Type Certification Basis

Under provisions of Title 14 Code of Federal Regulations (14 CFR) 21.17, Gulfstream must show that the Gulfstream Model GVI airplane (hereafter referred to as “the GVI”) meets the applicable provisions of 14 CFR part 25, as amended by Amendments 25-1 through 25-119, 25-122 and 25-124. If the Administrator finds that the applicable airworthiness regulations (i.e., 14 CFR part 25) do not contain adequate or appropriate safety standards for the GVI because of a novel or unusual design feature, special conditions are prescribed under the provisions of § 21.16.

Special conditions are initially applicable to the model for which they are issued. Should the type certificate for that model be amended later to include any other model that incorporates the same novel or unusual design features, the special conditions would also apply to the other model under the provisions of § 21.101.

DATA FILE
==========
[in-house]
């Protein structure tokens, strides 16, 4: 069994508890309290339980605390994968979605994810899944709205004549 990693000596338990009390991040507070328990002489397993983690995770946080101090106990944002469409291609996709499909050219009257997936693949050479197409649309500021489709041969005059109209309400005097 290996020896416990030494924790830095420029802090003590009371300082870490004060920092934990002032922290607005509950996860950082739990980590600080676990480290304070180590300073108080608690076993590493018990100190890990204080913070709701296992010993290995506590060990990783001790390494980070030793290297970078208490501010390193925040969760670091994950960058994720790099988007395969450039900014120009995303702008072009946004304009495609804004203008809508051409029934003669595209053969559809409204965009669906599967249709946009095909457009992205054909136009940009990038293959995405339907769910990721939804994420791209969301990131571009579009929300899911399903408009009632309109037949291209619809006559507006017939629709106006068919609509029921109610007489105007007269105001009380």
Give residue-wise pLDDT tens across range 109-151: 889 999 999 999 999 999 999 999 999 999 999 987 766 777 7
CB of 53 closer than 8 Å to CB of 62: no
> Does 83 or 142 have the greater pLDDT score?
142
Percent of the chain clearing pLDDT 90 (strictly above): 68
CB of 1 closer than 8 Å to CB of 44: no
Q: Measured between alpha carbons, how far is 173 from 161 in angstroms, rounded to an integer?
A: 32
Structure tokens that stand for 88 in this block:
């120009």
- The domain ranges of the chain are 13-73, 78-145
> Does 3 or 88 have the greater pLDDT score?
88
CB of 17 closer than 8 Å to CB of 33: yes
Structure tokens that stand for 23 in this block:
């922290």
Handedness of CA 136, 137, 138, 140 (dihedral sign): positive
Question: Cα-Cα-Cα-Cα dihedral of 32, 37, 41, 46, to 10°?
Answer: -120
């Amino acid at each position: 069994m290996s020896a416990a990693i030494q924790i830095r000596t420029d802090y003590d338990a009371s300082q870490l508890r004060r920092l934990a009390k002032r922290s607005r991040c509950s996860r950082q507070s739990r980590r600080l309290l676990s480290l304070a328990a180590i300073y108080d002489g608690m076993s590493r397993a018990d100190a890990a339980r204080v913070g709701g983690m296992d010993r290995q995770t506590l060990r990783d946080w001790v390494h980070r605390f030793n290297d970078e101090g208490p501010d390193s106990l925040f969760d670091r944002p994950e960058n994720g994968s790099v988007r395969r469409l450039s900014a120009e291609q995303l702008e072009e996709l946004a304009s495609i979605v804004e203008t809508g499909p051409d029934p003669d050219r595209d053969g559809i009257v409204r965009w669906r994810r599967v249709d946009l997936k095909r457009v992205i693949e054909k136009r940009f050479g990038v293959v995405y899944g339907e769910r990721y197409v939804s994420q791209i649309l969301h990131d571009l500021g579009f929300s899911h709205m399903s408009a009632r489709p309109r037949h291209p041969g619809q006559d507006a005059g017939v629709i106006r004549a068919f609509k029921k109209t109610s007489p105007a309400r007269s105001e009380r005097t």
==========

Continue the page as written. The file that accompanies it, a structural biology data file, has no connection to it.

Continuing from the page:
In addition to complying with the applicable airworthiness regulations and special conditions, the GVI must comply with the fuel vent and exhaust emission requirements of 14 CFR part 34 and the noise certification requirements of 14 CFR part 36. The FAA must also issue a finding of regulatory adequacy pursuant to section 611 of Public Law 92-574, the “Noise Control Act of 1972.”

The FAA issues special conditions, as defined in 14 CFR 11.19, in accordance with § 11.38, and they become part of the type certification basis under § 21.17(a)(2).

Novel or Unusual Design Features